Two years ago on Thanksgiving Day, in front of 20 million TV viewers nationwide, Mark Sanchez had a game, in fact a single play so humiliating that it has its own Wikipedia article: The Butt Fumble.
This Thanksgiving, he carved up the Dallas Cowboys like a slow-cooked turkey and rebuilt his legacy in front of an equally large audience. Sanchez was 9 for 11 for 99 yards and ran for a touchdown in the first quarter alone.
But his most important statistic was zero — the number of interceptions he threw Thursday, after clocking in at a steady two per game since taking over for injured Nick Foles. And finally, he has started keeping the ball on some of the read-option plays, starting with his touchdown on the first drive, and ending with a perfectly executed read keeper for 13 yards that he finished with a beautiful baseball slide. I hope Nick Foles was taking notes.
The rest of the offense played well, too. LeSean McCoy ripped off a 36-yard run on the fourth play from scrimmage. Riley Cooper caught pass after pass, Sproles and Maclin and Matthews picked apart the Cowboy’s suspect secondary, and Josh Huff ran (!) for 7 yards and a first down late in the fourth quarter.
But let’s not forget the defense, which played a complete and dominating game. The Eagles started by shutting down Dallas’ run game, holding league-leading rusher DeMarco Murray to 73 yards on 20 carries, with one TD and a long of only 9. The pass defense was physical and disruptive, too, with two interceptions to join one post-reception fumble recovery.
The Birds did give up some long passes, as per usual, but they held Romo without a passing touchdown for the first time in 38 games, and pressured him relentlessly.
What Chip Kelly is doing with the Philadelphia Eagles, just like what he did with Oregon, is so utterly basic and fundamental that it seems mysterious. Seth Wickersham of ESPN The Magazine put it brilliantly:
It seems like Chip Kelly is hellbent on proving that everyone else overthinks football, but he does it in a way that nobody can figure out.
— Seth Wickersham (@SethWickersham) November 28, 2014
Even without the bitter rivalry between these two teams, or the huge Thanksgiving Day national TV audience, the stakes were very high.
After all the turmoil and injuries that Philadelphia has suffered this year, the season boiled down to games #12 (on Thanksgiving), 13 and 14: two against Dallas with Seattle at home in between.
The Eagles and Cowboys entered the game tied, though Philadelphia owned the tie breaker (thanks to a better division record). Winning two of the three games would give the Birds a great chance at a bye in the first round of the playoffs, but losing twice to Dallas would have meant that the Eagles would probably miss the playoffs entirely.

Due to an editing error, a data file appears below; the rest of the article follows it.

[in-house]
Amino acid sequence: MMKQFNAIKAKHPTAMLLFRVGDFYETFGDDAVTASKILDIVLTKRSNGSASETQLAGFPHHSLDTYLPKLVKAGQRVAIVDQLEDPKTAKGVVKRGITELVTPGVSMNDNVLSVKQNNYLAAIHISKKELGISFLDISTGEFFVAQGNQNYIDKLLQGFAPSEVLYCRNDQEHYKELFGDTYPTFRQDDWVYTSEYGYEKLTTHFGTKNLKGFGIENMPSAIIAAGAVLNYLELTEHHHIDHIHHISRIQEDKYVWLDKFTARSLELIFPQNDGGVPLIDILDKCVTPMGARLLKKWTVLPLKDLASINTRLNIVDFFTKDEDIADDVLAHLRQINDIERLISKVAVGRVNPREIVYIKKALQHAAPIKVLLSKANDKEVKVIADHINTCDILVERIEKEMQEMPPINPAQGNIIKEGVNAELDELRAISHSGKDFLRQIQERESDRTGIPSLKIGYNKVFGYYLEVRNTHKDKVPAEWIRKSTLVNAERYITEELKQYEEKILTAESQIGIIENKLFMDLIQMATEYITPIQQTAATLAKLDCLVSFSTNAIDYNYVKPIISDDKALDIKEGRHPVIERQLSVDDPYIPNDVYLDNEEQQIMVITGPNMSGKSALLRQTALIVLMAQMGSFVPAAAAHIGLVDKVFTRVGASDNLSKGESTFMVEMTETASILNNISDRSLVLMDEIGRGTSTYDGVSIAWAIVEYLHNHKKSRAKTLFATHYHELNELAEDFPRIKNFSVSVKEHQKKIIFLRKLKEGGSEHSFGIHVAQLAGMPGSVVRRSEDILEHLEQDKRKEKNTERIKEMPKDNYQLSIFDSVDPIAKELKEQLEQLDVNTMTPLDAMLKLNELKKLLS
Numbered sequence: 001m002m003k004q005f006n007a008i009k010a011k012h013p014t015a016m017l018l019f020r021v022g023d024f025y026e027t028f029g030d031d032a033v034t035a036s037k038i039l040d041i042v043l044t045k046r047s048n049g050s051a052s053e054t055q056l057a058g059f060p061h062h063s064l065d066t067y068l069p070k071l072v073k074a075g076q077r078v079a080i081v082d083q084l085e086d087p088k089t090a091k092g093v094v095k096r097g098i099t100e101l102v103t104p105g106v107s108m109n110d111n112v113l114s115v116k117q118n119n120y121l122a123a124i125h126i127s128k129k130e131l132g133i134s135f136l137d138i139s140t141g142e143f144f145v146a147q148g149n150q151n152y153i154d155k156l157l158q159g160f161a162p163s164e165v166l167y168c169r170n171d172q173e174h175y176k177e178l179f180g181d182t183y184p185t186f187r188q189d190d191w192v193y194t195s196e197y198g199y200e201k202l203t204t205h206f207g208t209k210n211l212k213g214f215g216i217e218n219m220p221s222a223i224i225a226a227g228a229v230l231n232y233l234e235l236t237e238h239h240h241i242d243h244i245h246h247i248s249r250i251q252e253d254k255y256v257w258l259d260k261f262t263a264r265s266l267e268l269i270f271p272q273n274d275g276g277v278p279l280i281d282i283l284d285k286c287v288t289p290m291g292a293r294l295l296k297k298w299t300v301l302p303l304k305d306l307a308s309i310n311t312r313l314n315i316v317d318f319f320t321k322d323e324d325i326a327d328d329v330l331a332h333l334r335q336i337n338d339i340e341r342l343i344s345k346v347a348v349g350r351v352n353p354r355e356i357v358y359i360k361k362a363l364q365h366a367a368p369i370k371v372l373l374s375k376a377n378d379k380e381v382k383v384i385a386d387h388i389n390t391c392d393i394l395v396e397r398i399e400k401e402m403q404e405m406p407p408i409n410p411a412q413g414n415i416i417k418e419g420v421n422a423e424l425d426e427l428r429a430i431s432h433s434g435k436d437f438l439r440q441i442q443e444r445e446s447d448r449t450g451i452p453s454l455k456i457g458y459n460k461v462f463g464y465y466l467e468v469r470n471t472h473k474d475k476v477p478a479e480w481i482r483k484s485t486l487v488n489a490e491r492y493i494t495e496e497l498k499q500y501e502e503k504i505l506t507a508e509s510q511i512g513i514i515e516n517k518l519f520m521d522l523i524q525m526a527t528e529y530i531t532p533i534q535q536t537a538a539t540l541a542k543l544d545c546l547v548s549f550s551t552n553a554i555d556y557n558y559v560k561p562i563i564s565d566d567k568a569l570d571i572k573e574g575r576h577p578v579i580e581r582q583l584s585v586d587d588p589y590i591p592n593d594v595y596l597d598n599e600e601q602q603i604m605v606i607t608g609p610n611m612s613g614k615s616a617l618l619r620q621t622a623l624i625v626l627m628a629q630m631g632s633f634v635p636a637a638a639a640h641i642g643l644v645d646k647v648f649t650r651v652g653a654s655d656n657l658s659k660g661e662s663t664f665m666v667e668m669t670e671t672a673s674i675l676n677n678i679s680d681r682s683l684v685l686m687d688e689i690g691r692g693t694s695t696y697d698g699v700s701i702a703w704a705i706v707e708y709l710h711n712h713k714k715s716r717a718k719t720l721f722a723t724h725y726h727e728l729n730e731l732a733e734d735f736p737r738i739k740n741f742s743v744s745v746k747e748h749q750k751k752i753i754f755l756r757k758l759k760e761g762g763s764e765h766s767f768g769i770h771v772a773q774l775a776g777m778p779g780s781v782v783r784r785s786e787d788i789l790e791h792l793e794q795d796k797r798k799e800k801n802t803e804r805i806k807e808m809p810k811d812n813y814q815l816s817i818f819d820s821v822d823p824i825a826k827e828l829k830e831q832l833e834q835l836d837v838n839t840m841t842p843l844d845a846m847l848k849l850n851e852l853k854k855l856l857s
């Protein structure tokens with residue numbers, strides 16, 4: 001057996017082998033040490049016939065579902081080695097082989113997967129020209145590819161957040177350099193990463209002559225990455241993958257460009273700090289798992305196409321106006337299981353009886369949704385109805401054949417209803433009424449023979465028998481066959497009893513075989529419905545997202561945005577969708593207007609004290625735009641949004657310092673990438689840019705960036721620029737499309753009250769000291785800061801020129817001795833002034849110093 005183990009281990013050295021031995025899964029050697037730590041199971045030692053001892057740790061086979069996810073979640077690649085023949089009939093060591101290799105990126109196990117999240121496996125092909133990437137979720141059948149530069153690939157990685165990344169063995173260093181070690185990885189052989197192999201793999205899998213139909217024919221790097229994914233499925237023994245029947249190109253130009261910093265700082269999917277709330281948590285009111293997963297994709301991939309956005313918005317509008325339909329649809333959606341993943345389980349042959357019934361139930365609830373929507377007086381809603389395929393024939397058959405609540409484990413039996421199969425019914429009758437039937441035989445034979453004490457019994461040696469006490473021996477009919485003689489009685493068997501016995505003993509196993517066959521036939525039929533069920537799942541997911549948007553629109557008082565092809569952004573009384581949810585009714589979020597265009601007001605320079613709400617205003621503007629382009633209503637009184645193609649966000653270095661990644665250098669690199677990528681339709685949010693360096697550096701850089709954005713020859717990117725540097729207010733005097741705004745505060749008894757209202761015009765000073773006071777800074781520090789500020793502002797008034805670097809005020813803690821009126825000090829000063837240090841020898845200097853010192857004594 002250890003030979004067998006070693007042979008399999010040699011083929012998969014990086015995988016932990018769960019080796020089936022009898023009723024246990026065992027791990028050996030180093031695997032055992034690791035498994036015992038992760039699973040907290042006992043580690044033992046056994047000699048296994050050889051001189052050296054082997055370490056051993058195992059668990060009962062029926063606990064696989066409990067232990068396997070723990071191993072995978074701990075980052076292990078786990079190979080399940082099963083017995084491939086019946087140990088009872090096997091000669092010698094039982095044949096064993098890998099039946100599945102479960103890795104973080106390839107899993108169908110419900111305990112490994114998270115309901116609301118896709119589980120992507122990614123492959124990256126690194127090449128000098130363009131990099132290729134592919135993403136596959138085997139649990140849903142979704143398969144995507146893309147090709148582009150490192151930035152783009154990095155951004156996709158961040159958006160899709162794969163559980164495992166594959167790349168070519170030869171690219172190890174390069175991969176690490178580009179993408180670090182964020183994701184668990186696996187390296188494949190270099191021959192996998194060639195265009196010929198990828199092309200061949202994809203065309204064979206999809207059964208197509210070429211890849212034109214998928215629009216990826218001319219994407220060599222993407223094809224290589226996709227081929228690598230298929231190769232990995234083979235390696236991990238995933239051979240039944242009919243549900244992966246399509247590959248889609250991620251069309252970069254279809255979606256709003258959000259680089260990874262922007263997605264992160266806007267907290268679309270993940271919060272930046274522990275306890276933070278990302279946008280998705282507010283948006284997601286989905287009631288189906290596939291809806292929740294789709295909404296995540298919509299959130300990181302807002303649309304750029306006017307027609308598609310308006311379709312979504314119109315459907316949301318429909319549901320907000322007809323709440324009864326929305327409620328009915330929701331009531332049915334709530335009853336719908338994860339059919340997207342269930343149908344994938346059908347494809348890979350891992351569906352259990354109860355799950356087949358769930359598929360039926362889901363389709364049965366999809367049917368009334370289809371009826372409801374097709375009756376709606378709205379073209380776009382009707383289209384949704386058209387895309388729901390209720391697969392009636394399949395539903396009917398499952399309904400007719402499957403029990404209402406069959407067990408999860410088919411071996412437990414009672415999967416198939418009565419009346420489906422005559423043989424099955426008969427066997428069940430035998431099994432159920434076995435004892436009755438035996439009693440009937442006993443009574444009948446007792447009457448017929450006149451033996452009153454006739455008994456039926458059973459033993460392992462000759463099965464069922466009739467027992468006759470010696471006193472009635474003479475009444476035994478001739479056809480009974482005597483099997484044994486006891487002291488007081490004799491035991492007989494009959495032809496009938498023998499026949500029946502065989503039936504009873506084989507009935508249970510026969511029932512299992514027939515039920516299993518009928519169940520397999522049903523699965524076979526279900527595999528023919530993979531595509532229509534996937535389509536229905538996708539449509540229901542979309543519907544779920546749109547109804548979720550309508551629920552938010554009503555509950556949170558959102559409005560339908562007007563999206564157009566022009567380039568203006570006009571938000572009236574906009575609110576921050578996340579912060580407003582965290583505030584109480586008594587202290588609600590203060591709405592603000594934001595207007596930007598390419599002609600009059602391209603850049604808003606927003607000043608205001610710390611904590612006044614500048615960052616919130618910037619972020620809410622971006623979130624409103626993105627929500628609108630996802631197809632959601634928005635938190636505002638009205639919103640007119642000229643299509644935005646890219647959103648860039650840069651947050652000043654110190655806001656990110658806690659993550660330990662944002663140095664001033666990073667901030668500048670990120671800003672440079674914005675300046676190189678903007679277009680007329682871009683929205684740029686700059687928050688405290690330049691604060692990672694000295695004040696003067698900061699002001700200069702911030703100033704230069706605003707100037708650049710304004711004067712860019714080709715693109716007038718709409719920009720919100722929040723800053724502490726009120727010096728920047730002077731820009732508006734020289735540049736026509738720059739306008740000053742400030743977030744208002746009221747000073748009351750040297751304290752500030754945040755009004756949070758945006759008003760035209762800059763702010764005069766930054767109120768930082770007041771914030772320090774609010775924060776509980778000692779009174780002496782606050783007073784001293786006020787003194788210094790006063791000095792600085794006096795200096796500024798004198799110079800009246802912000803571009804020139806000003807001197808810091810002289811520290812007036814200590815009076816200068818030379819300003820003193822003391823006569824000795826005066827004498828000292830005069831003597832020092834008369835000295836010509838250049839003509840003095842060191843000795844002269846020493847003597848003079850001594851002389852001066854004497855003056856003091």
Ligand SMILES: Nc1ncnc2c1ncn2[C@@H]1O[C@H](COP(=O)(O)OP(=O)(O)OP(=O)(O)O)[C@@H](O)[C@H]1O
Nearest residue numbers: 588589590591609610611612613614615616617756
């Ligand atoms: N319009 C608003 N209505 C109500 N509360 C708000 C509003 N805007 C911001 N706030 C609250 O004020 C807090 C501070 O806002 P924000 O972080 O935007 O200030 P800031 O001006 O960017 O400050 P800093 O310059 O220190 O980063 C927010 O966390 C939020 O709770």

Both teams played 4 days earlier, but Philadelphia’s sports science, conditioning and blitz-tempo practices gave them a clear advantage in the short week. Dallas’ defense was sucking wind even on the second drive (another Philly TD), and by game’s end they had no strength with which to muster a comeback.
Romo was blindly heaving up long passes, leading to three second-half interceptions for the Eagles (one called off on a holding penalty).
Four days before the showdown, Philadelphia dispatched the Tennessee Titans methodically. It all started with Josh Huff’s redemption. After a very tough rookie year marked by his mistakes and some unfortunate remarks to reporters, Huff ran back the opening kickoff 107 yards — an Eagles record — to crush any upset hopes the Titans might have had.
Aside from his skill at kick returns, Huff has been a first down machine, moving the sticks on four out of seven touches this year as both a receiver and runner.
There were some hopeful developments — the offensive line looked much better, especially in pass protection, and Shady broke one open for 132 yards — and some continued worries. Mark Sanchez’ early red zone success (7 for 7 in his first two games) collapsed as he scored TDs only thrice in 7 tries against Tennessee, and 1 `of 4 against Green Bay. Those troubles continued on Thanksgiving, as the Eagles were 1/5 inside the 20.
So, yeah. Two great games in a week to wash the taste of that Green Bay beatdown out of our mouths. Next Sunday is another tough test, hosting the Seattle Seahawks who suffocated San Francisco today with their defense. It should be another great game.
Featured photo: from video (NFL Rewind)
Mark Saltveit’s newest book is “Controlled Chaos: Chip Kelly’s Football Revolution” (Diversion Books, NY) has been recently released. He is the author of “The Tao of Chip Kelly” (2013) and writes on science, religion, wordplay and political scandals. He is also a standup comedian and the world palindrome champion.
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